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Thomas Cole: Drawings By Maria Peitcheva
eBook (ePub): $1.99
Thomas Cole was an American artist. He is regarded as the founder of the Hudson River School, an American art movement that flourished in the mid-19th century. Cole's Hudson River School, as well as... More > his own work, was known for its realistic and detailed portrayal of American landscape and wilderness, which feature themes of romanticism and naturalism. Cole was primarily a painter of landscapes, but he also painted allegorical works. Among Cole's other famous works are the Oxbow (1836), the Notch of the White Mountains, Daniel Boone at His cabin at the Great Osage Lake, and Lake with Dead Trees (1825). He also painted The Garden of Eden (1828), with lavish detail of Adam and Eve living amid waterfalls, vivid plants, and deer.< Less
David Cox: Drawings By Maria Peitcheva
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David Cox was an English landscape painter, one of the most important members of the Birmingham School of landscape artists and an early precursor of impressionism. He is considered one of the... More > greatest English landscape painters, and a major figure of the Golden age of English watercolor. Although most popularly known for his works in watercolor, he also painted over 300 works in oil towards the end of his career. By the 1840s Cox, alongside Peter De Wint and Copley Fielding, had become recognised as one of the leading figures of the English landscape watercolour style of the first half of the 19th century. This judgement was complicated by reaction to the rougher and bolder style of Cox's later Birmingham work, which was widely ignored or condemned. A group of young artists working in Cox's watercolour style emerged well before his death, including William Bennett, David Hall McKewan and Cox's son David Cox Jr.< Less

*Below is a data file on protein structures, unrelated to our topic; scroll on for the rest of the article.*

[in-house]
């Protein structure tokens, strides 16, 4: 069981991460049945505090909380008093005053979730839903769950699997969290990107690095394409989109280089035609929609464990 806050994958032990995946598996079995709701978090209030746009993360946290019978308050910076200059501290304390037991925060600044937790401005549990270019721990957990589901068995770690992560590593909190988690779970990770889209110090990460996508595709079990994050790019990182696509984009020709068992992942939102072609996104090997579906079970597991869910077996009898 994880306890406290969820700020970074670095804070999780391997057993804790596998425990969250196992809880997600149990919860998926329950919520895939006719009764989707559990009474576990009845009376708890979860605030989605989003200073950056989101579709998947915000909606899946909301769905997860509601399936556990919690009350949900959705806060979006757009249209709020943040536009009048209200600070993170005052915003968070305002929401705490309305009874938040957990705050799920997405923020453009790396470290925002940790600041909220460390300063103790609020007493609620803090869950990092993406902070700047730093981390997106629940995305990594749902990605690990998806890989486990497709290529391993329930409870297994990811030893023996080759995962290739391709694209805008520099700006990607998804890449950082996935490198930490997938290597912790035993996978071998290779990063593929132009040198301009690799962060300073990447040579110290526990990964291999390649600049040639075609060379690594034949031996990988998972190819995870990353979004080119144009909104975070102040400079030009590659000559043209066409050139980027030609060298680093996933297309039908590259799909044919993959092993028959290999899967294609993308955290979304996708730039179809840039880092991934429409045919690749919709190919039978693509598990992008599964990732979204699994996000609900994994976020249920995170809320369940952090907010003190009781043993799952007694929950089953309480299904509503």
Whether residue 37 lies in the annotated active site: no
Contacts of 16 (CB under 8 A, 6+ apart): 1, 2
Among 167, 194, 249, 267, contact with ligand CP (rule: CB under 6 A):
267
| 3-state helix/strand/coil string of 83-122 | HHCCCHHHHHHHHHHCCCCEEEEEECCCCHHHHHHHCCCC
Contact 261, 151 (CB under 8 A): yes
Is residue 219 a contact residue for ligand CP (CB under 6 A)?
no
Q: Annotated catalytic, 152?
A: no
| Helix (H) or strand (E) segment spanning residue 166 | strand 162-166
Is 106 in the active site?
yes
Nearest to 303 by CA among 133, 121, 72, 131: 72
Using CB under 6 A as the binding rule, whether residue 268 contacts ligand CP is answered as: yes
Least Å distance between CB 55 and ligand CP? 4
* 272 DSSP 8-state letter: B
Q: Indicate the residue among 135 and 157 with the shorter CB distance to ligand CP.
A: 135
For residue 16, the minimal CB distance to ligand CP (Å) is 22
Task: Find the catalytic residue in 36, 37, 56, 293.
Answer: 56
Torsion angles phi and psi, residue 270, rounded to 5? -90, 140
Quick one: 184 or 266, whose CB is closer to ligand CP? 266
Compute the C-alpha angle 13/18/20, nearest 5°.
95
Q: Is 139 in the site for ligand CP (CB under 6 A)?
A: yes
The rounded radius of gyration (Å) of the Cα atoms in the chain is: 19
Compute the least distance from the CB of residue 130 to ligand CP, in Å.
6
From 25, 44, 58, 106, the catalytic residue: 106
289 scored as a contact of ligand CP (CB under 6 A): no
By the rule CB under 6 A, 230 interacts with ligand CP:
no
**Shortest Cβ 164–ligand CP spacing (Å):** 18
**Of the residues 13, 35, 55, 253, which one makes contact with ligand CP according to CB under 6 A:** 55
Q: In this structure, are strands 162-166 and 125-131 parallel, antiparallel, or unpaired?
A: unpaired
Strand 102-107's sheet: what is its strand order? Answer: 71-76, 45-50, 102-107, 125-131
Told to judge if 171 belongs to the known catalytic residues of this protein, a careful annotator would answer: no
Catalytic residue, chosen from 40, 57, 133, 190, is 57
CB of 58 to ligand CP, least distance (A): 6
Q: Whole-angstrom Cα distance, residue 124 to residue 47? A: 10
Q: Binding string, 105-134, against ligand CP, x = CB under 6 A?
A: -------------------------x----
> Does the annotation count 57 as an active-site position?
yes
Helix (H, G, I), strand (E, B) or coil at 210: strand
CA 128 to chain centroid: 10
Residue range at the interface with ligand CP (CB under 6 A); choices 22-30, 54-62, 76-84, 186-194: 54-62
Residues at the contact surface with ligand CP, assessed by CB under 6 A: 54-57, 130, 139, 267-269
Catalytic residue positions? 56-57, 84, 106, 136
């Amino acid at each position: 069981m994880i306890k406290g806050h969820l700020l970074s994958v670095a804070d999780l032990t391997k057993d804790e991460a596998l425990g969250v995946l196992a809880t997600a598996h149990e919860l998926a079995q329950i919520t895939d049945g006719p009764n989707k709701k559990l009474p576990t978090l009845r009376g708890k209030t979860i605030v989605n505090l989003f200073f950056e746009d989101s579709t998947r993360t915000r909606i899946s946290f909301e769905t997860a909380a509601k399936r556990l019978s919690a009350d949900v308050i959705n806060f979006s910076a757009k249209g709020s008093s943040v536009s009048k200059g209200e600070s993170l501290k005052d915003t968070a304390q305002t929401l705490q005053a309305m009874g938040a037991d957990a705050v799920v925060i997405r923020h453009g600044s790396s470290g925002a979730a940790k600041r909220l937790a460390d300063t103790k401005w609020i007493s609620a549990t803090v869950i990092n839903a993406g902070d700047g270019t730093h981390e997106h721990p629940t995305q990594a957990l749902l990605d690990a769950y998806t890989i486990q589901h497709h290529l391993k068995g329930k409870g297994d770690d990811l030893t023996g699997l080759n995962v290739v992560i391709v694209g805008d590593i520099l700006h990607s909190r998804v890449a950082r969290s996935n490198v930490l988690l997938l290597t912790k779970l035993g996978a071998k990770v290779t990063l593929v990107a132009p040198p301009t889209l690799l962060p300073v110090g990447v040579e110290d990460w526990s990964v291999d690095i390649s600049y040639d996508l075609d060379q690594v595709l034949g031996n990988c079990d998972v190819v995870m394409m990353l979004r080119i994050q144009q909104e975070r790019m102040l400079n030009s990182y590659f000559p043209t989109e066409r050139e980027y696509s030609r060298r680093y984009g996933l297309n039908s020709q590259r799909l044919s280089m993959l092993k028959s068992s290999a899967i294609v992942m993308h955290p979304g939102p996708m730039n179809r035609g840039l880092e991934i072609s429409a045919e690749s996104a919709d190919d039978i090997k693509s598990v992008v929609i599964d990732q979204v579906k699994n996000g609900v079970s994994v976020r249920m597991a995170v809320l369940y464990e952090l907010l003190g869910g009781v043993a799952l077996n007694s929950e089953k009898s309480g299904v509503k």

Arcimboldo: Drawings By Maria Peitcheva
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Giuseppe Arcimboldo (1526 – 1593) was an Italian painter best known for creating imaginative portrait heads made entirely of objects such as fruits, vegetables, flowers, fish, and books.... More > Arcimboldo's conventional work, on traditional religious subjects, has fallen into oblivion, but his portraits of human heads made up of vegetables, plants, fruits, sea creatures and tree roots, were greatly admired by his contemporaries and remain a source of fascination today. At a distance, his portraits looked like normal human portraits. However, individual objects in each portrait were actually overlapped together to make various anatomical shapes of a human. They were carefully constructed by his imagination. Besides, when he assembled objects in one portrait, he never used random objects. Each object was related by characterization. By using everyday objects, the portraits were decoration and still-life paintings at the same time.< Less
Francesco Allegrini: Drawings By Maria Peitcheva
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Francesco Allegrini was the son of the painter Flaminio Allegrini, who is documented as working in Rome between 1625 and 1635. Francesco was mostly active in Rome in the middle of the 17th century.... More > He is thought to be a pupil and follower of Cavaliere d’Arpino, before entering the studio of Pietro da Cortona. Allegrini was elected to the Accademia di San Luca in 1655, together with Pierfrancesco Mola, and had a productive career as a fresco painter. Allegrini was a prolific draughtsman, although only rarely can his drawings be connected with known paintings or frescoes. He worked mainly in pen and ink, but also in chalk and wash.< Less
James Tissot: Drawings By Maria Peitcheva
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Jacques Tissot was born to a middle class family. He initially studied art at Beaux-Arts in Paris. He decided to move to London in 1871. Here Tissot started to paint highly finished pictures of... More > London society. The main criticisms were that the pictures were really only painted photographs, and they were vulgar. In 1876 he met a young and attractive Irish divorcee called Kathleen Newton. She became Tissot’s mistress, and moved into his London home, became Tissot’s muse, and appeared in many of his pictures. She was in every sense the love of his life. In 1882, Kathleen Newton died of consumption. Tissot never recovered from this tragedy, and moved back to Paris within a week of her death .He was never again romantically involved with woman. Initially he carried on painting society and genre pictures in Paris, but soon gave this up, devoting the rest of his life to painting religious scenes. In his late years Tissot became increasingly interested in Spiritualism.< Less
Ingres: Drawings 150 Colour Plates By Maria Peitcheva
eBook (ePub): $0.00